Primary care is the first, non-emergency level of health care most people receive. Reforms will help us use the expertise, knowledge and resources of our health care system efficiently while providing more effective health care to Canadians. Primary care can be defined in many ways. It ranges from the first contact one has with medical care to a broad and inclusive definition involving all the determinants of health. Determinants of health include quality of air and water, good government, access to health and social services, our education, income, gender, employment and genetic background.
The general agreement across Canada for the renewal of primary care involves the following:
More people need ready access to primary health care. Group practices should involve a broad range of doctors and health care providers from other disciplines, including nurses, dietitians, and social workers. Such multi-disciplinary practices would provide more services and manage care for more people.
Co-ordinated 24/7 access to appropriate health care services is needed. Each group of primary care providers should provide care 24 hours a day, seven days a week. Those in need would look here first for help. Care might be given through a clinic, a phone call, a nurse-led advice line or all of these.
Increased emphasis should be placed on health promotion, disease and injury prevention, care of those with complex medical concerns and of patients with chronic disease. Many clinics have developed programs to support this emphasis, with other health care providers working with the doctor.
Co-ordination and integration with other health care services should improve. Primary care clinics need to be connected to the rest of the health care system, including secondary care (specialists or care in larger hospitals), tertiary care (highly specialized diagnosis and treatment) and long-term care. Those needing services not provided by a primary care setting would have rapid access to the next level of care, along with quick transfer of their health information.
Multi-disciplinary teams should provide full primary health care. Clinics would try to provide as many services as possible at the primary care level. Many different methods can be used to bring close and convenient ‘one-stop shopping’ care.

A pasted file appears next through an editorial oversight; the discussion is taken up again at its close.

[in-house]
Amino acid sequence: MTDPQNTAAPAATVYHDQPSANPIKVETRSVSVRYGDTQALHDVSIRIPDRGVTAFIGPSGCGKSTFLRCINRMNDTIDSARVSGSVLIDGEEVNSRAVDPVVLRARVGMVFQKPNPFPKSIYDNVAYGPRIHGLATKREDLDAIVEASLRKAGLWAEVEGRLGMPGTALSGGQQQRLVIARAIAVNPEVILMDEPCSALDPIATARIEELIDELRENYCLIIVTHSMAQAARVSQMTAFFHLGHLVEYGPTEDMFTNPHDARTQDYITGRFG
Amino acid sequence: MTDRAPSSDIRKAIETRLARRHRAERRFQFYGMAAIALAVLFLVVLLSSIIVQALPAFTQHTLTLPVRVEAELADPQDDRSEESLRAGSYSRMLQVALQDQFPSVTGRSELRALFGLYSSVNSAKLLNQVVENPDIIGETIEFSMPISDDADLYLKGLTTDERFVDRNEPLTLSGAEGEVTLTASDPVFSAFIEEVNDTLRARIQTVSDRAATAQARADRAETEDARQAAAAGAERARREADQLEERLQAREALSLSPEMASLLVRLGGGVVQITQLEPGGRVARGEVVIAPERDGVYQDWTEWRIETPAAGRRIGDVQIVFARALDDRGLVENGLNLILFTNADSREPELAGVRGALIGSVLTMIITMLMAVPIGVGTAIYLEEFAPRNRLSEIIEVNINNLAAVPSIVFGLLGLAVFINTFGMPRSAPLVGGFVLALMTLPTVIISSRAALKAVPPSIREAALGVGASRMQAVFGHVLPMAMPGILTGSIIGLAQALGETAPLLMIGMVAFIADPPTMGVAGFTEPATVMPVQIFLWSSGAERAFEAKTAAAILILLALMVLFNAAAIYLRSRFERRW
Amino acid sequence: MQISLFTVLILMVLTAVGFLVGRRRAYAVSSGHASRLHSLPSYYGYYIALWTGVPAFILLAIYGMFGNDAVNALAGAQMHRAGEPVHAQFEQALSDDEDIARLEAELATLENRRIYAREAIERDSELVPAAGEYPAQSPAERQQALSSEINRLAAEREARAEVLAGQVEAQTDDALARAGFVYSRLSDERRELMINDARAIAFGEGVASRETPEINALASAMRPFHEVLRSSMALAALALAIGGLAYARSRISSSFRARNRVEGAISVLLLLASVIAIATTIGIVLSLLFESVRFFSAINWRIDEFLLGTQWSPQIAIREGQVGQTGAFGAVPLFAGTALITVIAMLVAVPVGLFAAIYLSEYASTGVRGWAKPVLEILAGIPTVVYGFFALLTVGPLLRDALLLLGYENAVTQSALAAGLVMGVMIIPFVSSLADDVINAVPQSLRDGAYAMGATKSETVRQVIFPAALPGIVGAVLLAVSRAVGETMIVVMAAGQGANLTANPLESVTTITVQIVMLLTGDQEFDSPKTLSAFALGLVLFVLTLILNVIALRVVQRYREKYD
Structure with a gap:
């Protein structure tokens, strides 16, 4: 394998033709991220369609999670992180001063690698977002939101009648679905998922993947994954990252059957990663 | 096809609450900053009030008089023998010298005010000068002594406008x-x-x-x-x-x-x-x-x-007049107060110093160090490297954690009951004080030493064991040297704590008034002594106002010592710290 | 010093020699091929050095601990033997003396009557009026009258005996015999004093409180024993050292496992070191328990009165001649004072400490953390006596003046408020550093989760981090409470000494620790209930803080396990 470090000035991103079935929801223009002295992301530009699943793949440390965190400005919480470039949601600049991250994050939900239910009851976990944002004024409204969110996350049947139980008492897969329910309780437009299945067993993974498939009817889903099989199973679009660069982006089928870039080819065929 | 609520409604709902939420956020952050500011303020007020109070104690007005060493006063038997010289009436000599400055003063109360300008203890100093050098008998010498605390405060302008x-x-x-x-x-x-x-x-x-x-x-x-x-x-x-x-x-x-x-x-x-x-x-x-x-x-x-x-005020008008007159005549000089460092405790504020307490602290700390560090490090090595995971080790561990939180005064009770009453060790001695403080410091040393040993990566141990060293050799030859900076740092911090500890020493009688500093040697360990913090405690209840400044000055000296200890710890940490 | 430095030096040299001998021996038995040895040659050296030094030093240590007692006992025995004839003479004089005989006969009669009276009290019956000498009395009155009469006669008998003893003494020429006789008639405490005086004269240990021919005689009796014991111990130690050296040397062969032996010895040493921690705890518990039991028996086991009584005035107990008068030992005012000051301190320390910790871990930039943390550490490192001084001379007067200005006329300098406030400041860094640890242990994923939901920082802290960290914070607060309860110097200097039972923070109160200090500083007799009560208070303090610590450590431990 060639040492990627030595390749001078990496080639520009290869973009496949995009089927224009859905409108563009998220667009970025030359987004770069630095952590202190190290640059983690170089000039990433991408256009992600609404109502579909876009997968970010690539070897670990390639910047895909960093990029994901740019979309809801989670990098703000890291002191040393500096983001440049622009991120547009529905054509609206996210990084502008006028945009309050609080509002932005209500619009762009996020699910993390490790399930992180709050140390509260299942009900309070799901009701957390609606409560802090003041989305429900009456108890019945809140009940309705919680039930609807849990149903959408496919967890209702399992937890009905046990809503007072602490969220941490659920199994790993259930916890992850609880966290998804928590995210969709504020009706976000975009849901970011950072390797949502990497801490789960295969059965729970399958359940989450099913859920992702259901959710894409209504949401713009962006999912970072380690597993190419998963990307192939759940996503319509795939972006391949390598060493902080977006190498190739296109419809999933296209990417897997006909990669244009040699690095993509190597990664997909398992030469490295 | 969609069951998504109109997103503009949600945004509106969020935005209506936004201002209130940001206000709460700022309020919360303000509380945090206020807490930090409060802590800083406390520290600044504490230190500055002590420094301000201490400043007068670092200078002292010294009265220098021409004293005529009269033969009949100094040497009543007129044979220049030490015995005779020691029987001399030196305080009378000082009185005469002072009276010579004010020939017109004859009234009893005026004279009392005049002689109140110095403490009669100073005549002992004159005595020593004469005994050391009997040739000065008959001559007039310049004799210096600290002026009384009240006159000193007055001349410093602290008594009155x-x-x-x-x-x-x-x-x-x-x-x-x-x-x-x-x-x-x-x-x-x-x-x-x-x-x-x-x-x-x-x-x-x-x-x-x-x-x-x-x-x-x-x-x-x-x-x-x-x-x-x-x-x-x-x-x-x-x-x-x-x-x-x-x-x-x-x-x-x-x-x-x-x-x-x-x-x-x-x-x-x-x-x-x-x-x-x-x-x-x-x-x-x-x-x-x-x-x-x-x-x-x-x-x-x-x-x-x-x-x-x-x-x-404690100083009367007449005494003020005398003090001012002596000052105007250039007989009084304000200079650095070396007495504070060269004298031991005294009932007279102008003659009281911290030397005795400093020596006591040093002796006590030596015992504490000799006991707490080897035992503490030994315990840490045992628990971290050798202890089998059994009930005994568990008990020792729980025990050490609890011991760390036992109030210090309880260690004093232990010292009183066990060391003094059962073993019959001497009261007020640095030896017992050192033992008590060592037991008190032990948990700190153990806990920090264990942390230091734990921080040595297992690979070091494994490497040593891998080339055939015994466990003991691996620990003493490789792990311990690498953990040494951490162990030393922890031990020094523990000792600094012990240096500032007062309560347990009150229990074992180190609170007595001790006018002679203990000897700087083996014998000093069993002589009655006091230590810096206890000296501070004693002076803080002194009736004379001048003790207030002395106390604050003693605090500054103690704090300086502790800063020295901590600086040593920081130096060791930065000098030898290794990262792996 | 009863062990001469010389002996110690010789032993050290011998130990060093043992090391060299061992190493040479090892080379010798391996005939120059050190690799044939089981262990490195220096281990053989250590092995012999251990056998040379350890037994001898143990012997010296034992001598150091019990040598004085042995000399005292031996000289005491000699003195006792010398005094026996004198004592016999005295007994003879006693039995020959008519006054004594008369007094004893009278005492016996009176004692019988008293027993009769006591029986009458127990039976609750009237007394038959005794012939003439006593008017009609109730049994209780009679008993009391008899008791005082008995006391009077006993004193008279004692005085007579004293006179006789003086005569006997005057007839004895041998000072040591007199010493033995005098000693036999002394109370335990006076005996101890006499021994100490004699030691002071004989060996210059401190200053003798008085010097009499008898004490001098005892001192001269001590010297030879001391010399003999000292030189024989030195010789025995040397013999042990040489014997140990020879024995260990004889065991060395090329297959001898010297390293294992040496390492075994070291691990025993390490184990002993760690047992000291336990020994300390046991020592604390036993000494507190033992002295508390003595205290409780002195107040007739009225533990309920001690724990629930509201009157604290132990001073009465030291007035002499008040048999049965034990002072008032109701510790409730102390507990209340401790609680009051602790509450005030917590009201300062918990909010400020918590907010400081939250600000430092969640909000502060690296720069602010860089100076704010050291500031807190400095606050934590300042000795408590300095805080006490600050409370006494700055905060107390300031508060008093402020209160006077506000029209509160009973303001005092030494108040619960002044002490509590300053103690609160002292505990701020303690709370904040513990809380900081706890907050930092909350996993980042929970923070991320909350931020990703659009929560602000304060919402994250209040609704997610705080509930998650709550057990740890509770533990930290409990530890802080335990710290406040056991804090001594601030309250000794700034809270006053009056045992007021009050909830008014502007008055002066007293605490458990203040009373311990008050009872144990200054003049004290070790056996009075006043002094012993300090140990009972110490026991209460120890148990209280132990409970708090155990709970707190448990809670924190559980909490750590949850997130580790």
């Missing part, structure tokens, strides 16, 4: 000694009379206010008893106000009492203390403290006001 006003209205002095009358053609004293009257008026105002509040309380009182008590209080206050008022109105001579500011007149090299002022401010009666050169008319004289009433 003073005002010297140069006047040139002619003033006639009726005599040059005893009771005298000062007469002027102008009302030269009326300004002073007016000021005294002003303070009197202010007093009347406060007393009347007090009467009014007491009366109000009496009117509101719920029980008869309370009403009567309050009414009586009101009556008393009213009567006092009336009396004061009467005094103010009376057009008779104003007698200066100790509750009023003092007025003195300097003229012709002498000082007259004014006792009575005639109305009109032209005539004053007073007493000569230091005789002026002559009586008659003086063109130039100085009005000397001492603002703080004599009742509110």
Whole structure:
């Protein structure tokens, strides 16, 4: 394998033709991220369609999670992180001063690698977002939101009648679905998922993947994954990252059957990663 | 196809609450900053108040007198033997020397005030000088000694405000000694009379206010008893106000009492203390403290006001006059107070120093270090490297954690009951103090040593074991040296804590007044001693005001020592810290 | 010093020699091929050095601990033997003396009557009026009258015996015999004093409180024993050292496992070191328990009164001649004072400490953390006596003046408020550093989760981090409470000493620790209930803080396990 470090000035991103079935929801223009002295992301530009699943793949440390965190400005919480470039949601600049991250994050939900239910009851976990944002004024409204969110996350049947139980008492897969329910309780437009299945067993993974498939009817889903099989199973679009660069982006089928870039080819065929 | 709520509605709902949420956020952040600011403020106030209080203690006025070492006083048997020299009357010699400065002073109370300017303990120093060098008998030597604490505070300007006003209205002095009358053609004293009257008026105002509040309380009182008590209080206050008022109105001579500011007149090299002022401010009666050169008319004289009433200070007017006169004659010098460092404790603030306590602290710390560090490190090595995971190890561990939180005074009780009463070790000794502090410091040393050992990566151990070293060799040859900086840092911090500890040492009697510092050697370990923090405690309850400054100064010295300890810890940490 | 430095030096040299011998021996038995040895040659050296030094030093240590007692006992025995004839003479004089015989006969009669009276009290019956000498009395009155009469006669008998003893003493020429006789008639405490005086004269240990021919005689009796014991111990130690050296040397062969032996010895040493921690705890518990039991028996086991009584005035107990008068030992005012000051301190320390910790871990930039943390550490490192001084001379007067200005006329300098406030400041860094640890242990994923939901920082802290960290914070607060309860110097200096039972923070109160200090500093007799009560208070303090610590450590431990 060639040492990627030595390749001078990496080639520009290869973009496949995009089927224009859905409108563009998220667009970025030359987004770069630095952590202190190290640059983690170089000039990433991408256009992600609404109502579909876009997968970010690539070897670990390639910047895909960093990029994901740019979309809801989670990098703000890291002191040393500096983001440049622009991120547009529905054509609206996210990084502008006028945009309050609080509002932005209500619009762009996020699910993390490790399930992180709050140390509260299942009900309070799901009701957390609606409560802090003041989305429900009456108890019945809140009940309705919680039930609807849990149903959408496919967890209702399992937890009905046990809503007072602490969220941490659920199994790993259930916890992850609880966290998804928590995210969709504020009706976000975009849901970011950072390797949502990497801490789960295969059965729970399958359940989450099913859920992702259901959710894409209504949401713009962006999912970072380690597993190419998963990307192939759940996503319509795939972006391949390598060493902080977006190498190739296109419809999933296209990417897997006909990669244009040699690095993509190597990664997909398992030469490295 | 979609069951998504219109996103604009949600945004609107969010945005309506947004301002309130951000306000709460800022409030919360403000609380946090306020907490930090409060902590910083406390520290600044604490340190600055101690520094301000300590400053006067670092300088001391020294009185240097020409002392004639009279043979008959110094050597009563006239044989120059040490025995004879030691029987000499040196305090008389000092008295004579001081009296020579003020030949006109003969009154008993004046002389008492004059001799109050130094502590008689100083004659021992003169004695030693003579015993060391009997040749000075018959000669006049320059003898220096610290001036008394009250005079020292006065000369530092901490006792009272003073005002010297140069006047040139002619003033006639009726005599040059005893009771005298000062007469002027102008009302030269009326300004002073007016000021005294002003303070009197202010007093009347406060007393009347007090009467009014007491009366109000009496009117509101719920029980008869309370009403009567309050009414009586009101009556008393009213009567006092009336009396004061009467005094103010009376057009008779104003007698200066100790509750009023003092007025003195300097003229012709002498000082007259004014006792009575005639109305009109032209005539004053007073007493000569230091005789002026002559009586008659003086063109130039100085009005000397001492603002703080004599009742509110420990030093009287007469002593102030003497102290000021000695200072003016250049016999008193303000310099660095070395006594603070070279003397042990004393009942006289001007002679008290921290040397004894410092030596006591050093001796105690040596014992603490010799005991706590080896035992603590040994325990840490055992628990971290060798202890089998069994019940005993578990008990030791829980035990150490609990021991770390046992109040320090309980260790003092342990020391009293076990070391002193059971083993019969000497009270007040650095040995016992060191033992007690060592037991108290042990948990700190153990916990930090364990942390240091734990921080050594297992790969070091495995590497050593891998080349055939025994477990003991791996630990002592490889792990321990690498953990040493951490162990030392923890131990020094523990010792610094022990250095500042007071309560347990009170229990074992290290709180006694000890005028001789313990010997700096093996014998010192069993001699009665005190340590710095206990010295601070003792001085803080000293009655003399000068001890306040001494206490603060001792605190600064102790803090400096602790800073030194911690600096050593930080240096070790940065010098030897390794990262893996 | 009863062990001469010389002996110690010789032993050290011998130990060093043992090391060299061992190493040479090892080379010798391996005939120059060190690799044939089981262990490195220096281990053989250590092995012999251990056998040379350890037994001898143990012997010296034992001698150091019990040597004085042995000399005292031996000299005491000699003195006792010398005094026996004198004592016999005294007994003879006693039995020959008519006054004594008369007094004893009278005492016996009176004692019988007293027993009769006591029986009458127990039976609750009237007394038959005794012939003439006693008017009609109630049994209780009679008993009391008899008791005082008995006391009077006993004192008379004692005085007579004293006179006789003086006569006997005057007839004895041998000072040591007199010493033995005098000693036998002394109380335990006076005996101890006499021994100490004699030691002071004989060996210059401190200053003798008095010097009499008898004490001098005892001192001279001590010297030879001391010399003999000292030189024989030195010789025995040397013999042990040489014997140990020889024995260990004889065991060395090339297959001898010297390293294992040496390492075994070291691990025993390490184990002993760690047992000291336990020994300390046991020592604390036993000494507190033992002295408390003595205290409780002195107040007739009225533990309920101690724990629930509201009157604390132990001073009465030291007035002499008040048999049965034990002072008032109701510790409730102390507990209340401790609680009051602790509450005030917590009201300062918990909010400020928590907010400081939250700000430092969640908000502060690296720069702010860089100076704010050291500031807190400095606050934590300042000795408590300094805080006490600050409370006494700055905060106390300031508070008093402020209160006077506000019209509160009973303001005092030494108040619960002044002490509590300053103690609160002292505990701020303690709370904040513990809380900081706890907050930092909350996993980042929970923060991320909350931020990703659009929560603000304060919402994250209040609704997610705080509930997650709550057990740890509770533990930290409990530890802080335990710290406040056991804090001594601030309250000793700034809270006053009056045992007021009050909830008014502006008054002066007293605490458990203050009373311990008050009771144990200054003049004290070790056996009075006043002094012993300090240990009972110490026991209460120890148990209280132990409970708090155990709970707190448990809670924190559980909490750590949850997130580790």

Greater use can be made of electronic medical records. Most provinces are developing an electronic health record that provides a centralized record of everyone’s diagnoses, medications, test results, and list of contacts with the medical system.
These directions mean that you should be seeing changes at your local family doctor’s office or community clinic.
The first change you are likely to see involves other health care professionals working with your family doctor. Such professionals might include nurses, dietitians, social workers, physiotherapists, pharmacists and others. They would work with your doctor to provide the support and service needed to manage your illness. Those with chronic disease are among the most likely to meet with alternative care providers. (Chronic diseases include diabetes, high cholesterol, heart disease or asthma.)
You might meet other care providers in the same office as your doctor, they might come to your home, or you could visit them at a central location. They will be more closely linked with your family doctor. They work in partnership, sharing information and ideas to help you manage your health concerns.
If you have a chronic disease, it is important that you monitor it. You can be helped during regular visits with the doctor, nurse, dietitian and others, and by phone calls, group classes and other supports.
Mental health services are now available in a variety of ways through your family doctor. Psychologists and social workers may work directly in the office. They sometimes accept referrals quickly. At other times, they might help by finding the best place for you to go with your particular concern. You may see them directly or find they have helped by advising your family doctor.
Pharmacists are also more involved with patient care, especially for those who take many different medications. As the number of medications increases, you have a higher risk of side effects, medication reactions and errors. Pharmacists can help by providing counselling when possible and by providing aids such as pills packed in daily bubble packs.
Electronic medical records (EMRs) are now being kept. If your doctor uses EMRs, you will see video terminals in the exam rooms.
Most electronic medical record systems stand alone, with no connection to the rest of the health system. However, over the next few years, connections between individual systems will be made. Some EMRs now receive lab results that are placed directly into your medical record. Some can receive x-ray reports. Some connect to the health region or hospital to share information, usually through a hub that links to the electronic health record. Privacy and confidentiality require very strict rules. You will probably be asked to sign papers allowing the transfer of your information.
Over time, more out-of-hours services will develop in a variety of arrangements.
You will always be expected to call your family doctor clinic first for advice
and help. You will find more variety in the ways that you can get your needs
met. Prescription renewals will usually be done through periodic visits. Many
situations may permit automatic prescription renewals with the pharmacy, along
with regular phone calls to check on your condition.
Stronger connections between your family doctor and the health region are being developed. More services from the health region will become available through your family doctor. Co-ordination between your family doctor and community services will ensure you get what you need when you need it.
All of these changes are now underway. Each province has started a program helping family doctors and health regions improve service for you.